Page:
Shifting between the worlds of Carl Jung

The New Atlantis has a wonderful article giving an in-depth biography of Carl Jung, perhaps one of the most interesting, infuriating and brilliant thinkers in the history of psychology.

Variously a pioneering experimental psychologist, a depth-analyst, an asylum psychiatrist and a man submerged in his own psychosis, he had a massive influence on both our understanding of the mind and 20th century culture.

…Jung never slackened in his pursuit of the ultimate — both ultimate good and ultimate evil, which he tended to find inseparable. He was frequently off in the empyrean or down in the bowels of hell, consorting with gods and demons as ordinary men do with family and friends. Few persons conducted such conversations, and most of them were inmates of lunatic asylums. For a time the thought that he might be insane terrified him.

The fear dissipated, however, as he became convinced that his visions were genuinely revelatory and belonged to the primordial psychic reality that all men have in common: the collective unconscious, he called it. Poets and such may get away with beliefs like these, for their madness is pretty well taken for granted, but it was a most unorthodox way for an esteemed psychiatrist to think.

Jung is also probably one of the most misunderstood figures in psychology, largely owing to his tendency to swing between science, poetic genius and outright flakery.

The New Atlantis article is a fantastic exploration of the man and his ideas and one of the best short introductions you could find. Well, as short as you could get with Carl Jung.

Link to ‘Psychology’s Magician’.

12 thoughts on “Shifting between the worlds of Carl Jung”

    1. is it called
      “psychology: the science of making shit up and just pretending like it’s true and hoping people believe you” ?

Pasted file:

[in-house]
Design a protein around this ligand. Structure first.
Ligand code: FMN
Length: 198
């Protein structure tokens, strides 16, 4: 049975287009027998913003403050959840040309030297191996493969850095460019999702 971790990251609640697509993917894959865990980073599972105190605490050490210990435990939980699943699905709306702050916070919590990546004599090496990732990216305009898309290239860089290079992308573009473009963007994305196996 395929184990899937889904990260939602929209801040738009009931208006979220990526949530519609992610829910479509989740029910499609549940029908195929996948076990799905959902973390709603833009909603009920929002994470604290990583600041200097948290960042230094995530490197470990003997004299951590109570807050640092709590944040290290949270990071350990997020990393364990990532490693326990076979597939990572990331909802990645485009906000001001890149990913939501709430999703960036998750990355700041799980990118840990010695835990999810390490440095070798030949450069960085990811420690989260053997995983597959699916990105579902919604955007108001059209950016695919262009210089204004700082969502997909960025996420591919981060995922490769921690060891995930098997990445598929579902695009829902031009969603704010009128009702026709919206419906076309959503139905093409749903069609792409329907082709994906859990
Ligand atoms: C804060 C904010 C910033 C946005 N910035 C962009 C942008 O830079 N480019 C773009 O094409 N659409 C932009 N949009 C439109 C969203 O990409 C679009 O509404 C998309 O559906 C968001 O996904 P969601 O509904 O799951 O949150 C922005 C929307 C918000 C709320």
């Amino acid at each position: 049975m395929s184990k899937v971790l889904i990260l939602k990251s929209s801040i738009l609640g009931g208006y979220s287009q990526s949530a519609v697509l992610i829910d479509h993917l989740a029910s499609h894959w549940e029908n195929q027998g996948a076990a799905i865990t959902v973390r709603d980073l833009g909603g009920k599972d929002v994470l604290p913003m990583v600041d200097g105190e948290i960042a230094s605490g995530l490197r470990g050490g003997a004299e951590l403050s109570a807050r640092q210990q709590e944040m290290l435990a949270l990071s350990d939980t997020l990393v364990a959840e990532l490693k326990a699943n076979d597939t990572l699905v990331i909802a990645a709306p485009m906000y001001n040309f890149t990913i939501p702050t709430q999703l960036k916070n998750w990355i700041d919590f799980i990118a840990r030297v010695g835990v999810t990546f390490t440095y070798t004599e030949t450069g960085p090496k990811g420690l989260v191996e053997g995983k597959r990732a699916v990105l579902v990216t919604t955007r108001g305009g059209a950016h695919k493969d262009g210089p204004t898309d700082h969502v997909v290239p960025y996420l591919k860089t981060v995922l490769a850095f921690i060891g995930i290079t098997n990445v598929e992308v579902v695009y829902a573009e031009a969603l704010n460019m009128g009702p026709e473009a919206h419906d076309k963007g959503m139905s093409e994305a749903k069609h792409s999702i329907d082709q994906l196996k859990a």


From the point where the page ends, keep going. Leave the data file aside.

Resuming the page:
that’s what Jung and freud did, for the most part.

      I’m unaware of anything they ever did beyond speculation.

      calling them reputable “Scientists” in their field would be like saying that a guy that said “well, we THINK That this random cocktail of shit we put together is going to cure this person’s cancer… and, I mean… we’re experts, so it’s true!”

      then, they just never used it or tested it, YET still proclaimed it’s ability to cure cancer, without ever seeing if it ACTUALLY DOES.

      then a bunch of suckers bought into it.

      that’s how psychology works, in an analogous sense.

      1. sorry, let me finish that part
        “that would be like saying the person that that invented said ‘cancer cocktail’ deserves an honorary doctorate in medicine for finding the ‘cure for cancer’.”

        are you aware of the success rate of close to zero percent of any ability to actually produce results in the field of psychology?

        google “psychologists”

        ever see any numbers?

        or do you see lots of “sales tactcs” like
        “ohio’s most well-acclaimed psychologist”

        “been in the field for over 20 years”

        etc, etc

        none of them ever even ATTEMPT to prove shit. psychology is WAY more like an art than a science.

        yet, it is taught as a “Science” and people think of it as “fact”.

        VERY little of it is… applied psychology usually doesn’t work, also.

  1. For an excellent take-down of Carl Jung, see:

    Here’s an excerpt from the article:


    “Jung was a preternaturally unclear writer and thinker: he would never say anything clearly when obfuscation would do. Whether this was from lack of talent or an unconscious appreciation that clarity led to the possibility of contradiction and even refutation, no one can say…

    To read Jung is to enter a world more of connotation than of denotation, of meanings hinted at rather than expressed forthrightly. To extract a definite opinion from Jung is like trying to catch an eel with soapy hands, or trap steam with a butterfly net. His esoteric erudition is formidable: it is difficult to refute a man who will not say what he means, but backs whatever he means up with a plethora of references to fourteenth-century texts.